I would like to know what a newly-delivered womb is.  I didn’t know that once you had given birth you also received a new womb, is it part of a two-for-one deal?  I might also add, that if someone is blowing air into a vagina during oral sex they may (unless it’s your thing) be doing oral sex wrong.  Oral sex, as far as I understand, experience, and provide, generally focusses on the clitoris, which isn’t exactly co-located with the vagina (in the same way that your eyes and your nose aren’t co-located), same general location, but still separate.

I also love the scaremongering of the story about the man who forced (in which case it was rape) his wife into receiving oral sex, who later died of an air embolism – please note the lack of link, date, or any details which make this story searchable (I tried).

So I went and looked up air embolisms and oral sex, I found the following (with thanks Go Ask Alice):

Dear Alice,

My girlfriend and I have oral sex. I heard that if you blow in the vagina of a female that it could kill her. Is that true?

Dear Reader,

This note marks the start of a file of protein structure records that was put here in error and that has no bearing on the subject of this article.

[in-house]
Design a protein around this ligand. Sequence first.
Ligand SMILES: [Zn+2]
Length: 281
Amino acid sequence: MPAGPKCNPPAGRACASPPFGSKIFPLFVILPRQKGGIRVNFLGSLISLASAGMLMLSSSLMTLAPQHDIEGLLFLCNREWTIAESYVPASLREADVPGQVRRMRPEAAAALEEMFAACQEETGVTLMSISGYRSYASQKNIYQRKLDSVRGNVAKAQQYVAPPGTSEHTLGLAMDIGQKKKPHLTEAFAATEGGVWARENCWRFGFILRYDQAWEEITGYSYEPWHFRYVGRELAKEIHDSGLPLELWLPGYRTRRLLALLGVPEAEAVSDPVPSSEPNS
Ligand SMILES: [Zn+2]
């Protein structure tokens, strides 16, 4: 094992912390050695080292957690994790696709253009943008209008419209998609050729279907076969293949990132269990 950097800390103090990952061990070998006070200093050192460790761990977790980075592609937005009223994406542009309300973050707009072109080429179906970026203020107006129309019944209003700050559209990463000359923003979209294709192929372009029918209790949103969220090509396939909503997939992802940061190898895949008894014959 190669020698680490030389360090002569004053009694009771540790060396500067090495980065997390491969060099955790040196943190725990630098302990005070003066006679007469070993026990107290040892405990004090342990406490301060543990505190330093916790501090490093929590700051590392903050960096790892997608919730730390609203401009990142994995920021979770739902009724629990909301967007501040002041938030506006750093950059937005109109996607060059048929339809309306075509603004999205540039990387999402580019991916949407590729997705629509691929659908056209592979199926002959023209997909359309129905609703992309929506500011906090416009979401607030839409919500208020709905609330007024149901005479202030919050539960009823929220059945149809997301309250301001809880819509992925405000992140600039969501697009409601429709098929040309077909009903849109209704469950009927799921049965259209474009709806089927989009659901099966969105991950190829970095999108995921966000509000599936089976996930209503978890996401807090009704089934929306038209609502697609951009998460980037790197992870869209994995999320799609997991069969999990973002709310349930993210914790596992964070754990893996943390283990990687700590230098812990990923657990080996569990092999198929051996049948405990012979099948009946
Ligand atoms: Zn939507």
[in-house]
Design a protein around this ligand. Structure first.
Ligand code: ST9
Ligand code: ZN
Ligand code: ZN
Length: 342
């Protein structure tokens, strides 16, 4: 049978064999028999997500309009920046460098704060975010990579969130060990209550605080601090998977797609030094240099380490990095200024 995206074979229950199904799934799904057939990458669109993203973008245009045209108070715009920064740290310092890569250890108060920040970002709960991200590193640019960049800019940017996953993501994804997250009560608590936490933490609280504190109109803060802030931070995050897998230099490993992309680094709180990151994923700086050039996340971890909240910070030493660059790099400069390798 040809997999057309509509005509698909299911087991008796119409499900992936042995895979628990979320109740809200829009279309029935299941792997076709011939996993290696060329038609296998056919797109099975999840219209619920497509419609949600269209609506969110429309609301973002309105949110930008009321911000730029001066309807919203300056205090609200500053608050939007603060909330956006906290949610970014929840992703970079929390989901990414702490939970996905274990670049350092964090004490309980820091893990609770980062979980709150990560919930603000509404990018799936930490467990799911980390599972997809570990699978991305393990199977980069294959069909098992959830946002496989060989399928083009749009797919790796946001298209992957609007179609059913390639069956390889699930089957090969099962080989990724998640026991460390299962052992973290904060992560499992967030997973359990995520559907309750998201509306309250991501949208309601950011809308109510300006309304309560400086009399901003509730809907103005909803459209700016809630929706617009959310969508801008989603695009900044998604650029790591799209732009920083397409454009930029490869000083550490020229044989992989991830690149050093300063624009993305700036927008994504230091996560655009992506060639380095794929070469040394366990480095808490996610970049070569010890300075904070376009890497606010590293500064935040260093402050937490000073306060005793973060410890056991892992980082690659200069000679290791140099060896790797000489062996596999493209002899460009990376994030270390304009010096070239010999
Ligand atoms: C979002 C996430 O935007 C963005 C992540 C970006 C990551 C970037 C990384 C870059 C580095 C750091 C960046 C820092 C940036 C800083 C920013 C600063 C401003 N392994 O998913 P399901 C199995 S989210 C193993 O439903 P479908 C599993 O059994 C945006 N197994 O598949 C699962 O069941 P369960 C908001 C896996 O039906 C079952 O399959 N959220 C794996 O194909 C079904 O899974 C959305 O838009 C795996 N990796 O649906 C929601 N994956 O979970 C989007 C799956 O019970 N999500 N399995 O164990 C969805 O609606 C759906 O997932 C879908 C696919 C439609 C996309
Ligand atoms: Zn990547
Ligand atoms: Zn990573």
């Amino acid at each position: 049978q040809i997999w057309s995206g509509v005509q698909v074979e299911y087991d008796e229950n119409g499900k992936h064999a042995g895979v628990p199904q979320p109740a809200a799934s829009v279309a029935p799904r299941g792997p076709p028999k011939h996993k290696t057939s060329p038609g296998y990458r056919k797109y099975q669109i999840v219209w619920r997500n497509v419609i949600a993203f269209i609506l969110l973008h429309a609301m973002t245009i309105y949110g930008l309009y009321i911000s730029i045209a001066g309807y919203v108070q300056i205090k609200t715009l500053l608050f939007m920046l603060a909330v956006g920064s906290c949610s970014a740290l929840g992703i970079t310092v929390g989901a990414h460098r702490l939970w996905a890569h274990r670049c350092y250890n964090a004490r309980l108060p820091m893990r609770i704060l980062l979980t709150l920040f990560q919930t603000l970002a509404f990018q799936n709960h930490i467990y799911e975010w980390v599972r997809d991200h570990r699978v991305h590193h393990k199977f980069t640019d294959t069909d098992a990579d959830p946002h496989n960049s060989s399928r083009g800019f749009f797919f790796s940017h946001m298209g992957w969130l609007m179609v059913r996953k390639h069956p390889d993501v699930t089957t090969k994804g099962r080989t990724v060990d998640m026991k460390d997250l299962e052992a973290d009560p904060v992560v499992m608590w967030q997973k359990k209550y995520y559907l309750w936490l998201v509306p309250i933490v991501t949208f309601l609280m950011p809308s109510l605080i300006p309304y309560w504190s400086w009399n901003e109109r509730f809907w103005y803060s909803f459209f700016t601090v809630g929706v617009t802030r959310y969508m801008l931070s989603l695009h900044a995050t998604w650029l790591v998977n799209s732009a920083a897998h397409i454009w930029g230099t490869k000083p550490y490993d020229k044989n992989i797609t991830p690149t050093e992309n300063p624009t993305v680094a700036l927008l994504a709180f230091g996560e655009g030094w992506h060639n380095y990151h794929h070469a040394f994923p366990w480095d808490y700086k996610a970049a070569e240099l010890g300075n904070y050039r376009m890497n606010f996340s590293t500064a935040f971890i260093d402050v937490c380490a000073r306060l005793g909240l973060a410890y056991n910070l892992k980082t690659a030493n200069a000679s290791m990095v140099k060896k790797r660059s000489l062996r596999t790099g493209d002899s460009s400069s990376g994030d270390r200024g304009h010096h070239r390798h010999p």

Yes, it’s a true but very rare occurrence. When air is blown or forced directly into a vagina — without allowing any air to escape — an air embolism (the abnormal presence of air in the cardiovascular system) could form, which can be fatal. Women who are more at risk for this unlikely possibility are those whose pelvic vessels are enlarged (meaning, increased blood supply to the vagina) due to a condition such as trauma and possibly pregnancy. So, if a very large amount of air were to be blown or forced into their vaginal canals, it’s possible that the air could enter their bloodstream, causing a blockage in a blood vessel. As a result, some of these women, perhaps including the pregnant women’s fetus, may experience complications. In extraordinary cases, some of these women (and the fetus) may die if the embolism travels to the heart or lungs.